Another perplexing day, another perplexing week. Fair warning: I’m dipping my author’s toe into politics (publicly) once more. I had worried about the new US president’s fascistic tendencies for quite a while before his illegal executive order, but given the extent of vetting refugees already submit to, this week’s surprise strikes me as not only cruel, but given reports of detentions, a violation of due process. So I can’t be neutral. Due process is the bedrock for democracy, so I can’t agree with an oppressor who is explicitly encoding discrimination against one particular religion. But also, only in cases where it wouldn’t harm his business interests.
I can’t say whether registering my resistance will be a one-off; if something as egregious comes up again, I will stand up again.
All of which makes for significant distraction from what I had planned to be doing this week and weekend: Continuing research on North Korea for my third Red Slaves book. I did find an interesting, old article about N. Korea’s bid to handle toxic wastes of various kinds. It plays into my storyline nicely, even if the dateline is from 2008.
And hubs has been working at his own brand of distraction. We’ve agreed that staying focused on things we can directly impact in our own lives is important. As is finding shared laughter. To that end, he’s been looking up comedians on Netflix, YouTube, and wherever else he can find them to remind us of how to laugh. One of the funniest so far has been Sebastian Maniscalco. His embodiment of Sicilian/Italian-Americanisms in his routines makes both of us giggle. We watched “Aren’t You Embarrassed?” as our date night this week, and laughed even harder when Maniscalco started describing some of the differences between himself and his wife. There were a few parallels.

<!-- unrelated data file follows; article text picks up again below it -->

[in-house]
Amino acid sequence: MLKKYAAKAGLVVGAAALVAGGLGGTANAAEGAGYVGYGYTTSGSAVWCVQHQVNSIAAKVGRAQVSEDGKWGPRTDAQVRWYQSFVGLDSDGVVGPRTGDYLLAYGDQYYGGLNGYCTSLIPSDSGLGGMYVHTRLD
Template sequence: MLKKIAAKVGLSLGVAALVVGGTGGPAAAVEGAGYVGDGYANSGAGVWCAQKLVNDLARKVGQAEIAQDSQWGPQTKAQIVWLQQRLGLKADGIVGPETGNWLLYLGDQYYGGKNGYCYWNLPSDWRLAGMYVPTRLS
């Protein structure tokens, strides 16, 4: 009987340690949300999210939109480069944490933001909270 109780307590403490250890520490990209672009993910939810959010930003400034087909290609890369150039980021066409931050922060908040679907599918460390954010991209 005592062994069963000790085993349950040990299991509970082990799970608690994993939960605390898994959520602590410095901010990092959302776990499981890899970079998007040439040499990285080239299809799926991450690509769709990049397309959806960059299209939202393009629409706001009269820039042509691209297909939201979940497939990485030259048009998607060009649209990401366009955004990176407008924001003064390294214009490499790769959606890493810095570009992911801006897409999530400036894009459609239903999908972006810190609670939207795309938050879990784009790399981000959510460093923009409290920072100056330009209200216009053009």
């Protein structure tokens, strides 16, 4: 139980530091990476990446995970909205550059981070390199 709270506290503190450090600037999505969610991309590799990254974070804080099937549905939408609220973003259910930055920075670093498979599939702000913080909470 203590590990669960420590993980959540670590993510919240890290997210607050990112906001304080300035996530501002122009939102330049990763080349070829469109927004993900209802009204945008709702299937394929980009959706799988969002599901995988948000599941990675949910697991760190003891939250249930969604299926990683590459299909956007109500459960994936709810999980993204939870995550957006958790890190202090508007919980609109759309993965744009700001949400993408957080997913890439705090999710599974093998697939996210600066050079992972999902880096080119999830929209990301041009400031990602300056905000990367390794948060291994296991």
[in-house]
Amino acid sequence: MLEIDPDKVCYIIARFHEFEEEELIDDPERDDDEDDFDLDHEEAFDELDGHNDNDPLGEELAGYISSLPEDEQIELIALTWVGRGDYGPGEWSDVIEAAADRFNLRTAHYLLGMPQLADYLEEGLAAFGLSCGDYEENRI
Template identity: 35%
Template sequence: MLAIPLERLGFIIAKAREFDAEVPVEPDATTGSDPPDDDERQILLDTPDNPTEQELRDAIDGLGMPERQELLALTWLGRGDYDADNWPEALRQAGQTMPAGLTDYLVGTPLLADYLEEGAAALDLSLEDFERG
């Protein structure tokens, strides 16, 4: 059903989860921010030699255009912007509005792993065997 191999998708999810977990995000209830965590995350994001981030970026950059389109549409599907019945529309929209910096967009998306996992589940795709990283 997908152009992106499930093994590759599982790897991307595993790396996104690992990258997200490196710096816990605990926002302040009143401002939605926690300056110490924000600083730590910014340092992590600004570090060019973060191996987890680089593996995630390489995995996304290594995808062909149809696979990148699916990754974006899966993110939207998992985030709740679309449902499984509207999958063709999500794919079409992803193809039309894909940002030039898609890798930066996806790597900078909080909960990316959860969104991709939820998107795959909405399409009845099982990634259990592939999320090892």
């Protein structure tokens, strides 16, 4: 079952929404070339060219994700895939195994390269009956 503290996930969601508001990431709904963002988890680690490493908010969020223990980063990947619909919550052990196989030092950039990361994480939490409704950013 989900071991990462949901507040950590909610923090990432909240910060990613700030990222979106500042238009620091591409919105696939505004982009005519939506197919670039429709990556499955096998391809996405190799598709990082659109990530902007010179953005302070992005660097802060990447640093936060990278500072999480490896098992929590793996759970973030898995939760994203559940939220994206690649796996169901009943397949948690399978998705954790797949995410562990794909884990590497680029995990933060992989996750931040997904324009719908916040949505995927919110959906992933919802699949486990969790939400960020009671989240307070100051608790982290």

Another link from hubs was to a PBS program about Emery Blagdon and his Healing Machine. As much as anything, this seems to point (to me) to the power inherent in a strong connection with another person. I’m connected, now, to two people who are facing entirely different medical crises, and am hopeful that being there for them as they face the labyrinthine medical establishment will provide the kind of healing relief Blagdon’s visitors described.
Also tickling my brain: News of a new form of matter, being called time crystals. This discovery could be yet another plotbunny–and could change the nature of time travel scifi, should an author choose to embrace it.
As for goals, my phone says I took it with me for an average distance of a little over a mile each day this week. After a specialist ordered extra tests on Natasha, we came back with a diagnosis of Lyme from titering. Apparently that disease has a high incidence of false negative reporting, so the test our regular vet had used when we’d first gone there after noting the limping was wrong. That means our oldest husky will be on doxycycline for three weeks, and we’re anxiously awaiting some indication that her gait is smoothing out. She seems looser in the hocks, but after exercising, she stiffens up again, so this could take some time.
On the writing front, I finally finished incorporating the years-old feedback from the writing workshop I participated in in 2015. And finally started drafting new words. With everything else, it is slower going than I’d like, but 1,406 new words isn’t bad. If I can’t manage at least that on a daily basis from now until my deadline, though… my deadline will make a lovely whooshing noise as it flies by. We’ll see.
In the meantime, Gayla has released Convicted Heart (for those of you who are interested in contemporary romances) as well as a short story in the Discord Jones world called “Little Star.” Both are lovely ways to escape reality for a bit.
So I’ll be back again next week with news and updates, and once again encouraging you to see how my ROW80 cohorts are doing.